The University of Saskatchewan’s main campus is situated on Treaty 6 Territory and the Homeland of the Métis.

Housing the homeless: Collaborative efforts to address complex issues

By in Features
An alley view of an aging building in downtown Saskatoon, Sk., photographed on Feb.23, 2020. | Victoria Becker/ Photo Editor

Homelessness, mental health and systemic discrimination are not problems unique to Saskatoon, but issues faced in cities across Canada.

While citizens might be aware and concerned by these issues, often the collaborative work by community service organizations to solve these problems goes unnoticed.

In 2015, the Saskatoon Housing Initiatives Partnership, the United Way of Saskatoon and Area and the Community Advisory Board on Saskatoon Homelessness began designing a five-year plan to facilitate a co-ordinated approach to address the issue.

Saskatoon’s Homelessness Action Plan calls for “a serious investment in affordable housing units across the spectrum.” It also calls for a collaborative system of response where community service organizations increase prevention efforts, transitional support and public policy reform  to make “homelessness rare, brief and non-recurring.”

To implement the action plan, SHIP became the lead organization responsible for fostering collective action between Saskatoon agencies to develop new housing units and recondition existing facilities .

Colleen Christopherson-Cote, director of planning and evaluation for SHIP, says homelessness is a complex social issue that cannot be solved by community partners working in isolation. Instead, these groups are relying on a “collective impact model” and “mutually reinforcing activities.” 

“By creating common agendas like plans and strategies, community partners can come together and know what we’re doing as a collective,” Christopherson-Cote said.

“But we also recognize that each member brings a very unique set of skills and work that they do as individual agencies.”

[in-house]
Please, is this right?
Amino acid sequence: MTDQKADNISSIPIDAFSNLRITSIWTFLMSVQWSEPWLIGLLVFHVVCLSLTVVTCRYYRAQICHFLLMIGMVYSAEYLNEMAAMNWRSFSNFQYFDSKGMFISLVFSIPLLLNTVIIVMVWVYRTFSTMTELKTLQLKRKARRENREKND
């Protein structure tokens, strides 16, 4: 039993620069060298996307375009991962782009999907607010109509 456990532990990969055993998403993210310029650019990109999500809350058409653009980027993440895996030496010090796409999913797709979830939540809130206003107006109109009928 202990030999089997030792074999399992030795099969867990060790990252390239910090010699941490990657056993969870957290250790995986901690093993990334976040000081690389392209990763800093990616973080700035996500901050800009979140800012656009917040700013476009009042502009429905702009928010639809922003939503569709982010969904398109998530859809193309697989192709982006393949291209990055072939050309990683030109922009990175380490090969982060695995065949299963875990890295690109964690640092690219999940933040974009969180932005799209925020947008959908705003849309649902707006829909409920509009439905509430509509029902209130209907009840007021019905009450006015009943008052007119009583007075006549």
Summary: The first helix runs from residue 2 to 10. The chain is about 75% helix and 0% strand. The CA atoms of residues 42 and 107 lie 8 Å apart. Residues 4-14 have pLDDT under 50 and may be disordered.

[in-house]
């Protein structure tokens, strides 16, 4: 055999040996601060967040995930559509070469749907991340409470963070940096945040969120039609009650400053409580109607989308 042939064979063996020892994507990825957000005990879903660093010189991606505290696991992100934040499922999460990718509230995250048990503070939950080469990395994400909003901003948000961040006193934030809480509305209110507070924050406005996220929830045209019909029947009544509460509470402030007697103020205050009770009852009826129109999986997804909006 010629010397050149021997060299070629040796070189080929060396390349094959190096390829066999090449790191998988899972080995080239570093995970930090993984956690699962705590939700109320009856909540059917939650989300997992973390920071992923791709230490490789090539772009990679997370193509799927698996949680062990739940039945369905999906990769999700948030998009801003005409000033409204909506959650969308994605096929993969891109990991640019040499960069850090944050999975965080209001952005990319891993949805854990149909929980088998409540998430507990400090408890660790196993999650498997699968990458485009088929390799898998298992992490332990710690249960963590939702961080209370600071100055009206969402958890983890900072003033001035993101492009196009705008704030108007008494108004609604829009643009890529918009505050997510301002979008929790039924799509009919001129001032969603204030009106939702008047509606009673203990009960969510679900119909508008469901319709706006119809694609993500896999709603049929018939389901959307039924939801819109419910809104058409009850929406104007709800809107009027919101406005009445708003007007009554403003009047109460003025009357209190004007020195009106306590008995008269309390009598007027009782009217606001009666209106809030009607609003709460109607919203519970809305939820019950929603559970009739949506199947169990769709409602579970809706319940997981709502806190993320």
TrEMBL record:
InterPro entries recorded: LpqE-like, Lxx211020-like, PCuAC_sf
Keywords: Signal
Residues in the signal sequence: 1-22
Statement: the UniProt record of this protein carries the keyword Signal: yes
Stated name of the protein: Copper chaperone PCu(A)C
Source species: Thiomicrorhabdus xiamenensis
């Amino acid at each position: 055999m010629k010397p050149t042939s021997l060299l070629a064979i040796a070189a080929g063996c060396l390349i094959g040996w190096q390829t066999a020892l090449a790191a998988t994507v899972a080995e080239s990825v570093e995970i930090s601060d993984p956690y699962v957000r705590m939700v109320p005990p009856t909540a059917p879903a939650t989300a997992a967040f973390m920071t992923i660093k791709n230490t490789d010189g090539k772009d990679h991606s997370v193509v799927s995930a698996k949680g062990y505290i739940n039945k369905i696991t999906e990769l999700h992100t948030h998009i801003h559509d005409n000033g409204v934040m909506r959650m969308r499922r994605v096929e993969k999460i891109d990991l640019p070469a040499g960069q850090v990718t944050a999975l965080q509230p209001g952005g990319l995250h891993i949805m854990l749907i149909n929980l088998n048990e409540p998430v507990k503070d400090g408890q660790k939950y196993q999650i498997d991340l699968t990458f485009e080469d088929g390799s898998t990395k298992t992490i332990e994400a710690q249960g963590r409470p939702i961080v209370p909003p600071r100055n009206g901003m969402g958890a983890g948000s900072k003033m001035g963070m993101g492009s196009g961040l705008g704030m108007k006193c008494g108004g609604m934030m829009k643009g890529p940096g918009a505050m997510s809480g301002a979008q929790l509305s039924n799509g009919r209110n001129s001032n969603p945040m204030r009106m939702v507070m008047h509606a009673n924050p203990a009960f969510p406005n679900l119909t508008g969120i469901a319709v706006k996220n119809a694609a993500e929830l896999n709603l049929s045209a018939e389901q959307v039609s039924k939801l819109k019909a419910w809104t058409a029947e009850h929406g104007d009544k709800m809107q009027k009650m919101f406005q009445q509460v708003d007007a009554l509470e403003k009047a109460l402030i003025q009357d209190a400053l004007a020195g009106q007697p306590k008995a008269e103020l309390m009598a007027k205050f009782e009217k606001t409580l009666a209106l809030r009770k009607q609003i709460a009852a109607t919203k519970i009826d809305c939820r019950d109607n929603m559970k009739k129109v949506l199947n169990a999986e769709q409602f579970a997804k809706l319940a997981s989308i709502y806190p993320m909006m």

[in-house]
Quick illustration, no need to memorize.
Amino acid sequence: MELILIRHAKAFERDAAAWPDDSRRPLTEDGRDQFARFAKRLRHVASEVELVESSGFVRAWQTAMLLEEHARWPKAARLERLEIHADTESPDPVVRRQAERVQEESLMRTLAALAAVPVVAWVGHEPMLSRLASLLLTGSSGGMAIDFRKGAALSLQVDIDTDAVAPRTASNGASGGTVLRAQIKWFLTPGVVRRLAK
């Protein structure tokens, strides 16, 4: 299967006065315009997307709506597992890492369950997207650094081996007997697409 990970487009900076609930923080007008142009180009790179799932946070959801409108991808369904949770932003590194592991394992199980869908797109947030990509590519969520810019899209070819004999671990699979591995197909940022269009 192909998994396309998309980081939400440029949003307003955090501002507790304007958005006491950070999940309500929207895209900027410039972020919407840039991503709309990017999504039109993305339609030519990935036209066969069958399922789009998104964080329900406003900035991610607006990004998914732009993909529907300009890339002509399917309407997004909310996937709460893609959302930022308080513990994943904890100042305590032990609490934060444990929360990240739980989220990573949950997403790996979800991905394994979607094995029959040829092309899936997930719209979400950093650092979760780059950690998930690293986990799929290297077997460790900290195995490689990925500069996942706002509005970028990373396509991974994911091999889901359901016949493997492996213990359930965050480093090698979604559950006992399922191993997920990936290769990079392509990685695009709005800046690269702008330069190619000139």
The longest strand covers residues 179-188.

Since 2012, SHIP has administered how the nearly $7 million in funding from the federal government’s Homelessness Partnering Strategy has been invested in Saskatoon. In 2018, $1.85 million was put towards affordable housing developments, innovative projects, renovations and transitional living support homes.

Since 2015, 983 individuals have been sheltered through the Housing First and other housing placement programs funded by SHIP. 

Housing First is a recovery-orientated approach for ending homelessness developed in the United States. The model centres on immediately moving people experiencing homelessness into an appropriate shelter without requiring commitments for treatment.

Christopherson-Cote says Housing First is just one method to address homelessness, but it is an effective approach because it provides people with access to housing without forcing them to agree to compliance requirements.

“Housing First does a really good job at meeting people where they’re at,” Christopherson-Cote said. “It’s a harm­reduction based model that regardless of what’s going on in people’s lives, they should have housing first.”

SHIP’s 2018 Point-in-Time Count, which offers a “snapshot” measurement of the community, accounted for 475 people experiencing homelessness in Saskatoon. 

Once individuals are in the program, they are supported by “intense case management” to keep them safe and securely housed over the long term, says Christopherson-Cote.

In the 2018 count, 55 per cent of the individuals were reported as chronically homeless, defined as someone who has been experiencing homelessness for six months or more within the past year.

In 2014, Saskatoon Crisis Intervention Service partnered with SHIP and the United Way to develop the Journey Home program for the city based on the Housing First model. 

Rita Field, executive director of SCIS, says the Journey Home program uses intensive case management to help support vulnerable people experiencing chronic homelessness. She says participating in Housing First is a good fit for a frontline outreach operation and a 24-hour crisis service like SCIS.

“It works very nicely because we can see these crisis situations popping up and can identify that perhaps an outreach to this individual could make a difference, and they might fit with this model,” Field said.

Field says having citizens who are chronically homeless is problematic because they frequently over-rely on shelters and emergency services intended as temporary, not long-term solutions. The Journey Home program’s purpose is to break that cycle of homelessness.

“The whole idea behind Housing First is to recognize that it’s a basic right to have access to housing,” Field said. 

Once housed in a stable shelter, Field says if the individual chooses to be involved in some form of treatment then SCIS connects them with the appropriate support for difficulties with unemployment, health concerns or substance use.

“It’s about establishing relationships of trust and finding the right match,” Field said. “If they would like to be involved with recovery, there are many options and excellent services in our community.”

Christopherson-Cote says although housing placement programs can be costly and resource-intensive, it actually reduces the burden on other services in the city.